My wife and I are new parents, and we have been finding out the significance of different types of groans and cries from our little, three-month-old girl, Hope. We have now been trained to hear the difference in her cries when she is tired, hungry, overheated, or just halfheartedly whining from agitation. It took several weeks of misreading crying eruptions until we finally knew what would quell her discomfort, and our love motivated the action to continually learn her ways.
We long to be doubly reconciled, to God and each other.
These cries have led me to thinking about more intrinsic, subtle groans from the lifestyles of people in our cities. I believe part of the groan of our culture is for reconciliation. Christ bravely started the process for bringing grace to humanity that we may be reconciled with God, and Paul exclaims God did this through Jesus’ death: “while we were enemies we were reconciled to God” (Rom. 5:10). Yet even in the vulnerable descending of Christ, he came to meet rejection from his own people (though there were those who received and became sons/daughters of God – Jn. 1:11-12). Our reconciliation to God is not simply about our individual forgiveness, but also includes togetherness with divinity; not only has Christ forgiven the offenses, he has made us one with God through the Spirit (Rom. 5:5). Humanity plays a small active role in receiving this reconciliation through our believing, receiving, and participating in the hard work done by Christ to make us one with God (having been given faith by God).
Secondly, we must be reconciled with those in our communities of faith who also find themselves reconciled to God. Colossians 1:19-20 implicitly relays this agenda: “For in him (Christ) all the fullness of God was pleased to dwell, and through him to reconcile to himself all things, whether on earth or in heaven, making peace by the blood of his cross.” It is duplicitous for us to claim reconciliation with God when we ourselves are not reconciled to others who are also reconciled to the same God. How can we go about doing the work of the kingdom by reconciling others to God when we are not even reconciled within our own faith communities?
If we are all reconciled to Christ, we must all be found in together in him.
There are plenty of us who have seen and experienced the hard work of being reconciled to others in communities of faith. The church hopping done by those who have been wounded in relationships helps neither the wounded, nor the one wounding to grow as individuals. The passage in 1 John 2:10 directs us to continually love our brothers/sisters that we may “abide in the light, and have no cause for stumbling.” Our wholeness in personhood and our theology both suffer when we distance ourselves from tension in relationships and thwart reconciliation.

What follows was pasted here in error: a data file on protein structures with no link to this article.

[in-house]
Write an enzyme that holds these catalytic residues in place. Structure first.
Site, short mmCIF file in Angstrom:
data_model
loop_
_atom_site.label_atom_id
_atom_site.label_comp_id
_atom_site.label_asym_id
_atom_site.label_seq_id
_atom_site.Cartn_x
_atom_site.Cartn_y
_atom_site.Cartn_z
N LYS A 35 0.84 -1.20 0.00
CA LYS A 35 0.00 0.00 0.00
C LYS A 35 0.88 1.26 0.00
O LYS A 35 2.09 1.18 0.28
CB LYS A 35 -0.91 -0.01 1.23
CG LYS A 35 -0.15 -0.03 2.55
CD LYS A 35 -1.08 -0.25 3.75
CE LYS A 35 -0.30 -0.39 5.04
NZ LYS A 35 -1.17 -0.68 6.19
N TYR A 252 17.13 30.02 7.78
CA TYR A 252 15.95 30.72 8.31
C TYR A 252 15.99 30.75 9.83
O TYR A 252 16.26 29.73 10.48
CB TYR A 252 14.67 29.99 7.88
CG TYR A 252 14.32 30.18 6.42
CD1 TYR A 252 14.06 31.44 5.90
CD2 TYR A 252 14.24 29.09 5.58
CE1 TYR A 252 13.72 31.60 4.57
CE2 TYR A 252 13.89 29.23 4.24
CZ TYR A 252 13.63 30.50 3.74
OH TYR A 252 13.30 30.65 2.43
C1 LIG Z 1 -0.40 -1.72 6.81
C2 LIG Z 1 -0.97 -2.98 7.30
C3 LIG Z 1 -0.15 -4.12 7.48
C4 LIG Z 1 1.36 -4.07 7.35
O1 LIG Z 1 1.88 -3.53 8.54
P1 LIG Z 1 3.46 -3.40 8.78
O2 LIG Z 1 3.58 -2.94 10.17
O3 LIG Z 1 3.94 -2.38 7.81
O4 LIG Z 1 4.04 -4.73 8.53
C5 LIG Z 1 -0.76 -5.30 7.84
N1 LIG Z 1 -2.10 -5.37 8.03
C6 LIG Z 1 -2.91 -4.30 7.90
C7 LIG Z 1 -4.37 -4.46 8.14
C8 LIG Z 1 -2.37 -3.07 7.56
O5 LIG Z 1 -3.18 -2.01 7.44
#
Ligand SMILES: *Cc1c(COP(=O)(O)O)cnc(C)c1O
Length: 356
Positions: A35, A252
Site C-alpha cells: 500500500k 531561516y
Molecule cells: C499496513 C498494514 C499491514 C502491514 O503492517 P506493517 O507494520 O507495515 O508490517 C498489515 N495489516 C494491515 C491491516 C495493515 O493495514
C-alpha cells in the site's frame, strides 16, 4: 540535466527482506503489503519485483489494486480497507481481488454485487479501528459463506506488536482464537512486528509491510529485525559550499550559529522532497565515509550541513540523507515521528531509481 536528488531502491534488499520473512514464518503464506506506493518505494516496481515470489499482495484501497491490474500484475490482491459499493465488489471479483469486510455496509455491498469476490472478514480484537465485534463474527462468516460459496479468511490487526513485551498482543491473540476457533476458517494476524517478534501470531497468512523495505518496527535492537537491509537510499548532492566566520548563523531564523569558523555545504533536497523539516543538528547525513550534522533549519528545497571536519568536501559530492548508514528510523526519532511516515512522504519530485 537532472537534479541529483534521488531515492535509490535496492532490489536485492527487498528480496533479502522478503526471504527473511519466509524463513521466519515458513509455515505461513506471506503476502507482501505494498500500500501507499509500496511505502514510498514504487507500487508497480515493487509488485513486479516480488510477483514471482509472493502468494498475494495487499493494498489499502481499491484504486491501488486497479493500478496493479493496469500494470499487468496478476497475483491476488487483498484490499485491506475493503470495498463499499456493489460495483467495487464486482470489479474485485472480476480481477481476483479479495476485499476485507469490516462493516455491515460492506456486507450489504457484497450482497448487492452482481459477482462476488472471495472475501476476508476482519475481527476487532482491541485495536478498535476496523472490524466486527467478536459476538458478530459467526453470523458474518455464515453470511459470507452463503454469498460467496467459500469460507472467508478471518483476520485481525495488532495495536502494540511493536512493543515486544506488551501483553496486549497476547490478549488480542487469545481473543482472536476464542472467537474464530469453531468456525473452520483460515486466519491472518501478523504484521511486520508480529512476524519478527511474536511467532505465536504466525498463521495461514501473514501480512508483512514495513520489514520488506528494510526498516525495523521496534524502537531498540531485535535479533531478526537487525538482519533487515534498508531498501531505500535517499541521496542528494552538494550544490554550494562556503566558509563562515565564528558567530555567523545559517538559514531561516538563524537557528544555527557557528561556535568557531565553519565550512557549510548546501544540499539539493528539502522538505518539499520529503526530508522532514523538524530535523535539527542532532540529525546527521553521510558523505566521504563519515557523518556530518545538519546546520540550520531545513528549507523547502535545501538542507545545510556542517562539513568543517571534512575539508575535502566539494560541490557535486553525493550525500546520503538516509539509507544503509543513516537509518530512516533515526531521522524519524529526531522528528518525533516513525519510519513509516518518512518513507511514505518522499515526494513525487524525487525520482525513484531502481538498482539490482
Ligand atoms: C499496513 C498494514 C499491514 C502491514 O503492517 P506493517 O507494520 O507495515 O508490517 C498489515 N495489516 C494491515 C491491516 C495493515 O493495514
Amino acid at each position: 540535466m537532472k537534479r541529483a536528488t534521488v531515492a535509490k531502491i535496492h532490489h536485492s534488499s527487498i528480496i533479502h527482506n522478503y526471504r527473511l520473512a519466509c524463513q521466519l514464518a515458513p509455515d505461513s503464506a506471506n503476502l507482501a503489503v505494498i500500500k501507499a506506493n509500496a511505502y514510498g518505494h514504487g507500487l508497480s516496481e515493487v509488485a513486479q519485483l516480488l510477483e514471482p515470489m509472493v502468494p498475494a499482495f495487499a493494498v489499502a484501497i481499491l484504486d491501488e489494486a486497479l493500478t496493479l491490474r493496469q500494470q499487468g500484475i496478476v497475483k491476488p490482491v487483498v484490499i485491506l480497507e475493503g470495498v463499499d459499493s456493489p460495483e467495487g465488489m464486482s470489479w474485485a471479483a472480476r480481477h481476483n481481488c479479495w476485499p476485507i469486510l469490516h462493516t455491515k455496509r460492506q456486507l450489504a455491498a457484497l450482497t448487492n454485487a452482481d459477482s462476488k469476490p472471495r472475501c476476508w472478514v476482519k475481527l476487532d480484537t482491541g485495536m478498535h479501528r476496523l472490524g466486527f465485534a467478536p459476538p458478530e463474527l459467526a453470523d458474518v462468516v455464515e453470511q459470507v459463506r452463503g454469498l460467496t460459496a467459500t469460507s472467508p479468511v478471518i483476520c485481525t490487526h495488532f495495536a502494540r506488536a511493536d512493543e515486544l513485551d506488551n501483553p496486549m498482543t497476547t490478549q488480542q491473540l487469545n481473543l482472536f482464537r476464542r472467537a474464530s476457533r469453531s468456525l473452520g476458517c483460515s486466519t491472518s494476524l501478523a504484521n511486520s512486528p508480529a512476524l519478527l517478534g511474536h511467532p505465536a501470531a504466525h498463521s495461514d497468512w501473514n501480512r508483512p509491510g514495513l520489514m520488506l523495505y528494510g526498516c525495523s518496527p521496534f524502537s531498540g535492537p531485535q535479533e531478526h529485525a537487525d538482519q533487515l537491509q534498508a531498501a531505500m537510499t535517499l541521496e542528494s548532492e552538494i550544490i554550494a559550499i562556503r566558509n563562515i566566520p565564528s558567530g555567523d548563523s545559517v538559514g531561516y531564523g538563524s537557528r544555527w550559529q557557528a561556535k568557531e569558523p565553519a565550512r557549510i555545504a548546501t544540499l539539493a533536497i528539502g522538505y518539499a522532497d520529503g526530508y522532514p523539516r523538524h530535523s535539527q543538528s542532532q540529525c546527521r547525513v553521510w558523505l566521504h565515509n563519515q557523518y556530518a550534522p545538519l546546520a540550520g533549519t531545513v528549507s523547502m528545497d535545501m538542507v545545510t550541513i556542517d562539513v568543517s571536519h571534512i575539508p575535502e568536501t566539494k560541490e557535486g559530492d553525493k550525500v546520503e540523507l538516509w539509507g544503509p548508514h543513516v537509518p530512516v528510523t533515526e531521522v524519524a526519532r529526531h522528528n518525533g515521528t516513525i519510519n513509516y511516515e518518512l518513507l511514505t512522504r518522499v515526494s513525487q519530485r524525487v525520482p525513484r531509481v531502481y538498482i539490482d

This double reconciliation – to God and others – begets our response as we act as ambassadors for Christ, compelling the world to be reconciled to God. We compel others to reconciliation with God through knowing their own cries and vulnerably showing how God has reconciled us to himself through Christ’s work, so that “what we are is also know to your (others’) conscience.” (2 Cor. 5:11)
My wife and I are those parents who still have their child in the bassinet as she quickly approaches the size constraints of the little sleeping bed; but on the positive side, it does allow for us to hear her every whimper for help (as long as our exhaustion doesn’t override our hearing). This makes me wonder, are we close enough with others to hear their cries for reconciliation with God and other people? Do we do the work of listening and allowing them to share about themselves more than we make assumptions about who they are for our convenient categories of description? Do we know what kind of reconciliation the Lord desires in our relationships? Are we prepared to act towards such politically charged, national issues concerning race/ethnicity and sexual identity for the sake of reconciliation with God and others? Are there groans within ourselves with which we are unaware, and thereby unknowingly circumventing our reconciliation with our families and communities? Isaiah 58-59 points Israel to their own cries of oppression when they were obliviously praying and fasting.
There is hard work ahead for inward reconciliation with God to be realized among our relationships with those in communities of faith and with the world around us; but we know this effort is well worth it because of the unconquerable love which compels us to be as close to the cries of others as we are to the cries of our own children.
*For more thorough explanations on reconciliation, and related justification issue, see Frank Macchia, Justified in the Spirit, and N.T. Wright, Justification.